Recently an acquaintance confided in me that he had lost his job and was having difficulty catching on in a new position. It got me to thinking about when I took the big leap from employee to entrepreneur. Now, I made my move voluntarily, but what I learned from that move can help others who may have been forced into considering starting their own business due to the current economy. In effect, if you find yourself without a job and with little chance of getting one even close to your prior income or skills level, you are going to be faced with one of two choices: 1. You can still struggle in vain to get a job. 2. You become an entrepreneur.
Use your mental or physical skills to produce a business income, whether it is from your home or an office.
It cost me $25,000 in cash to start my business in 1992 when I quit my day job at a San Diego Bank. That was a chunk of change but got me to the break even point and beyond. And 1992 was in the middle of the last big economic rough patch. So as you see, it can be done, if you plan your steps carefully.
First, lay out a plan for the business that most suits your skills. Find people who want your services. Hire yourself as the first employee of your new business. Use your mental or physical skills to produce a business income, whether it is from your home or an office. (I have been a home-based SBA loan brokerage since I started in 1992.) Don’t think that you don’t have skills. Someone had a reason to employ you before you got laid off. Calculate what your time is worth and make that the business income basis for your company. Start simple but work that simple business day to day until someone says “yes” to your business.
If it takes 14 hours a day to get there, you must invest the time. Every business, whether it is a handy man or a doctor, is one and only one thing – first and foremost it is a marketing company. And success selling is a numbers game. The more people you meet, call, email or know, the better chance you have to get that first sale. One important note, do not sell yourself short on the income you expect to gain from your business. You can always do the work or business job for less, if that is what it takes to get the business. But you will never be able to increase your work value if you price your work too low. Find out what others charge for their work and price accordingly.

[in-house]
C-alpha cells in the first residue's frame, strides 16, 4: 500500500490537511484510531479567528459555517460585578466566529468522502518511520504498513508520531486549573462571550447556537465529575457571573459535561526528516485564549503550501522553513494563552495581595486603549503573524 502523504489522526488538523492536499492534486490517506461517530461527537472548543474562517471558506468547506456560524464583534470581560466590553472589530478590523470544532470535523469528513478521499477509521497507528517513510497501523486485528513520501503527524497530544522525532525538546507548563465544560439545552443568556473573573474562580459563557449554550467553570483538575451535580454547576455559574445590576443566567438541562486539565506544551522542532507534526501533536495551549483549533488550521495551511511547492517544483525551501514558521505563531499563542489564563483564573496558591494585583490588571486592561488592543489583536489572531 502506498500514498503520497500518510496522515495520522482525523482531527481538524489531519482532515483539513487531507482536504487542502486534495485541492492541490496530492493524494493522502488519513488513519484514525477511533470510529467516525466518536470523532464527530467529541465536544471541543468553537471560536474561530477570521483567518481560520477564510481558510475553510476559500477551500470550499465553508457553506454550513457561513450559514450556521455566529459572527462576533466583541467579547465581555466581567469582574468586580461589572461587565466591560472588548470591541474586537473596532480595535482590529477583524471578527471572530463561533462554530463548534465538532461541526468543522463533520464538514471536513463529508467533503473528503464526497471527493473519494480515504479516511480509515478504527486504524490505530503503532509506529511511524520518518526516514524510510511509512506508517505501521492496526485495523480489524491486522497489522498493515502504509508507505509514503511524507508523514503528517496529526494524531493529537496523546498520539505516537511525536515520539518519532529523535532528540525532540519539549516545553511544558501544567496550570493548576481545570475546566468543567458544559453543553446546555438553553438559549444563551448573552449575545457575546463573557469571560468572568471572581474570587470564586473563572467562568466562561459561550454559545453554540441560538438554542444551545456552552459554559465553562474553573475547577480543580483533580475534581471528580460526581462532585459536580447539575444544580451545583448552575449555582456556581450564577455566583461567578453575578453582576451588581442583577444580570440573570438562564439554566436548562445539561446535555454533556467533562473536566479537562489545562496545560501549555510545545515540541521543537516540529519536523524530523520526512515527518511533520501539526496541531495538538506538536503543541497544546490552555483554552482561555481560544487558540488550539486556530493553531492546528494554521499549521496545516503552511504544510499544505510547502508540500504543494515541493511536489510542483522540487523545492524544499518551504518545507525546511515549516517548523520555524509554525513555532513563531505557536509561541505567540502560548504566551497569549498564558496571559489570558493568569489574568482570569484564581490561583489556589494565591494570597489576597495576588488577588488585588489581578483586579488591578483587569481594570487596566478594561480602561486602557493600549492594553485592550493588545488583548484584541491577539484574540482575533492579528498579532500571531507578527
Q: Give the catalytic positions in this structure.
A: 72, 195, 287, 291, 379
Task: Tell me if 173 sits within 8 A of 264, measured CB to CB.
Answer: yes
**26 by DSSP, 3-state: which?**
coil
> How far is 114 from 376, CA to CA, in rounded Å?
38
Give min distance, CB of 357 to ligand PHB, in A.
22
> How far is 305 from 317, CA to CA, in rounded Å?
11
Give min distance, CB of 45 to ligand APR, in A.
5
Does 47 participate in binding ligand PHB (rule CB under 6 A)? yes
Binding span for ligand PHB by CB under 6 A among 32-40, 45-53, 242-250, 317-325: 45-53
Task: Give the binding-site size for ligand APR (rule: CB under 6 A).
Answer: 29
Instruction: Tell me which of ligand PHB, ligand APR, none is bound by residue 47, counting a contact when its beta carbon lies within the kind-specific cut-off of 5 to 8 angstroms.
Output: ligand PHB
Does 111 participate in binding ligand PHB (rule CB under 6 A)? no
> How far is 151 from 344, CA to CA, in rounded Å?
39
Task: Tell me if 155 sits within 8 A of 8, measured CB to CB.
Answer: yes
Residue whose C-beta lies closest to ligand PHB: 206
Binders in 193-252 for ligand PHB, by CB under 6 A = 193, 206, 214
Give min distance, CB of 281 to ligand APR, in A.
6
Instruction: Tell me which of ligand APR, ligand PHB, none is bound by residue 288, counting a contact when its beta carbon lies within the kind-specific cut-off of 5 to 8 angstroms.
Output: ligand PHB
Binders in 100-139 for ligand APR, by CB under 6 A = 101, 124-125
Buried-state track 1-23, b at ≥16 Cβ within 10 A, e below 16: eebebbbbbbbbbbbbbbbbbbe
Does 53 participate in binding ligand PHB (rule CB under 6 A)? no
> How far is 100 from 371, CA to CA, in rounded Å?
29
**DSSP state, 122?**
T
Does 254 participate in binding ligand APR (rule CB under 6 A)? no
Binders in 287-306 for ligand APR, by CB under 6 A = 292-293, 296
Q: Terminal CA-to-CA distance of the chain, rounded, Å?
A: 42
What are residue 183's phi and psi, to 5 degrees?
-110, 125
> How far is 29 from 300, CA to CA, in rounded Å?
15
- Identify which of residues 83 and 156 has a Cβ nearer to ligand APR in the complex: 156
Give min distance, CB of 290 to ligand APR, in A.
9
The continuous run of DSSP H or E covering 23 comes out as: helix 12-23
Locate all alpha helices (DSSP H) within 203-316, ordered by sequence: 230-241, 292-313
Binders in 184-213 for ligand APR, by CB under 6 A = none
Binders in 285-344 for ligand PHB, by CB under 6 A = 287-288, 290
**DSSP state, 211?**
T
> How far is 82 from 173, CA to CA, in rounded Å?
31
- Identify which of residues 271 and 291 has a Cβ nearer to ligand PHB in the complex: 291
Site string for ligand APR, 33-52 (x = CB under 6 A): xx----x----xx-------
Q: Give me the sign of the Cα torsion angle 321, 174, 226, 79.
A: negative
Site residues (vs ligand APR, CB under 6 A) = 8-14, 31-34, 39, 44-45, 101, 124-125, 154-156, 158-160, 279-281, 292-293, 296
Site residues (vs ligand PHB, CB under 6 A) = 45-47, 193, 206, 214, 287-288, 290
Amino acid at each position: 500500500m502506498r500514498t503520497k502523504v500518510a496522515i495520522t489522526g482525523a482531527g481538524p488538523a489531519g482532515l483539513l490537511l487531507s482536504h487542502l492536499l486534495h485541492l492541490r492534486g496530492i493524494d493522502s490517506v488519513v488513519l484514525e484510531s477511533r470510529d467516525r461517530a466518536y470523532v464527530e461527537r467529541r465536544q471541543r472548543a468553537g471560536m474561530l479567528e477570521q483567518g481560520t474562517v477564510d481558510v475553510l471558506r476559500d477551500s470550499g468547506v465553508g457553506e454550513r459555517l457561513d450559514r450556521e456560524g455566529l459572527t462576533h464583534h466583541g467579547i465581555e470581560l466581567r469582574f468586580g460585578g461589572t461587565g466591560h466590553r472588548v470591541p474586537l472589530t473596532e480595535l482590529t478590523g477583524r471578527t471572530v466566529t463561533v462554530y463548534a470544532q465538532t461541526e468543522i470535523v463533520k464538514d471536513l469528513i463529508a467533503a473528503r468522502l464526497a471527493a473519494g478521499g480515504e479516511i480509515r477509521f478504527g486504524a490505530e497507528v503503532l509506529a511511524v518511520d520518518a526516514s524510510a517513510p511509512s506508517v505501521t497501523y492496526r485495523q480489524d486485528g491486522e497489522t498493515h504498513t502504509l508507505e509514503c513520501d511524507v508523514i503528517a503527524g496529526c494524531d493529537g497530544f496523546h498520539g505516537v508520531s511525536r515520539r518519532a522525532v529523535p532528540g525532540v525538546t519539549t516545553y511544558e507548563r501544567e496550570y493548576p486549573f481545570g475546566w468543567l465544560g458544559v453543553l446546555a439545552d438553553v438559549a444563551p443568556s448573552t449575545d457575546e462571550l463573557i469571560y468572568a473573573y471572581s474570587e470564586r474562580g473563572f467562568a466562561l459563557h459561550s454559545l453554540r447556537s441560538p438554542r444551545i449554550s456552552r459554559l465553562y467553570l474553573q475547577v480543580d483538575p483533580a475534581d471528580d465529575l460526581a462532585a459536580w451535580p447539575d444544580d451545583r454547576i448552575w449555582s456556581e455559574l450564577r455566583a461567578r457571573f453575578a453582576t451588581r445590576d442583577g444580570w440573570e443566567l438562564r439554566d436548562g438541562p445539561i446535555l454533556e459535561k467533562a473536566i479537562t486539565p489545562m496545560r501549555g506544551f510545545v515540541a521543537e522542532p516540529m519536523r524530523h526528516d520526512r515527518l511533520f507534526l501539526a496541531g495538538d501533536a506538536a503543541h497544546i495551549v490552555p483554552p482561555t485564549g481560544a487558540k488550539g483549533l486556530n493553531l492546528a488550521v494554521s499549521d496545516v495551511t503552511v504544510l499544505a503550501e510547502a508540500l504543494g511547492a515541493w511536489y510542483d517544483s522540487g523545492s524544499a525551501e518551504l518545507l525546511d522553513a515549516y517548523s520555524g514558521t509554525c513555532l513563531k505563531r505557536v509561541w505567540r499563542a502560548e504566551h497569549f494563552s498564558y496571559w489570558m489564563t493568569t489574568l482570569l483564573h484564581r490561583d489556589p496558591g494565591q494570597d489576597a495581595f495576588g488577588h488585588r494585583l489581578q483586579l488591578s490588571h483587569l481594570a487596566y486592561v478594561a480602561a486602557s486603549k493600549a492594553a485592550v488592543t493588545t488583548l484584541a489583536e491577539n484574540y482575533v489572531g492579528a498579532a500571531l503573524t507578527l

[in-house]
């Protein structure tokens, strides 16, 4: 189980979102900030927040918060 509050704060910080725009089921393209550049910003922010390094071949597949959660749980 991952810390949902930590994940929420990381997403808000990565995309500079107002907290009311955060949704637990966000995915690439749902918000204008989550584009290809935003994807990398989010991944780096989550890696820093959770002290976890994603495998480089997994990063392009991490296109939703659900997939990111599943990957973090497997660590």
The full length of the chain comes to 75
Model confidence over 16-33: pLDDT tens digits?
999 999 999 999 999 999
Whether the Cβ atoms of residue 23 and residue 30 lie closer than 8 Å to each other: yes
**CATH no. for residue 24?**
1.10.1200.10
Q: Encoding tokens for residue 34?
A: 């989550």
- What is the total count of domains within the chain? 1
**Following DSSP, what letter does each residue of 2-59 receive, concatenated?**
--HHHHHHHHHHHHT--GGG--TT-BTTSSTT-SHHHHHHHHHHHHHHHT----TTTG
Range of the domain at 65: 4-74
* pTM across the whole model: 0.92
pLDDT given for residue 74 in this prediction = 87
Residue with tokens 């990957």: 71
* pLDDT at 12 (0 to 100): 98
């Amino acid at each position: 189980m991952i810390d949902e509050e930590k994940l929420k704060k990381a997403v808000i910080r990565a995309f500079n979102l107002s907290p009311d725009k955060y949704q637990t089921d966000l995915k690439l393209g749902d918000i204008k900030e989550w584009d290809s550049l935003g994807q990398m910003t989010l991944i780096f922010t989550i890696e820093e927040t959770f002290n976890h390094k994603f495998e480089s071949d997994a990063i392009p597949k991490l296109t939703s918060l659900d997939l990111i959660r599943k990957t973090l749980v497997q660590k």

There is one thing I am absolutely certain of, dear reader: Your skills are marketable even if your former employer and present businesses didn’t see that. That is their loss. But I assure you that there are people and businesses out there who will hire you because you bring first-rate skills to the table. People respect the business owner and entrepreneur because they know that a business owner has the guts to go for it. They salute the entrepreneur because they know how hard it is to make a go of it. So even if you are The Accidental Entrepreneur, all they know is that you took the risk. Don’t take no for an answer and never give up. If you are able to draw breath your are able to start and build a business. It may be scary, even terrifying, to go out on your own, but isn’t just sitting idly by with no hope scarier?
Craig G. Francis is the owner of Francis Financial and The SBA Loan Store. He has been a top producer of SBA Loans since 1981, and has worked with Dun & Bradstreet and Bank of Commerce. Craig Francis has the expertise to steer clients through the often confusing rules and regulations associated with SBA Loans, having helped over 2,000 businesses acquire over a billion dollars in loans. He can be contacted through CraigGFrancis.com,SBALoanStore.com, on LinkedIn, or at 888-666-9722.
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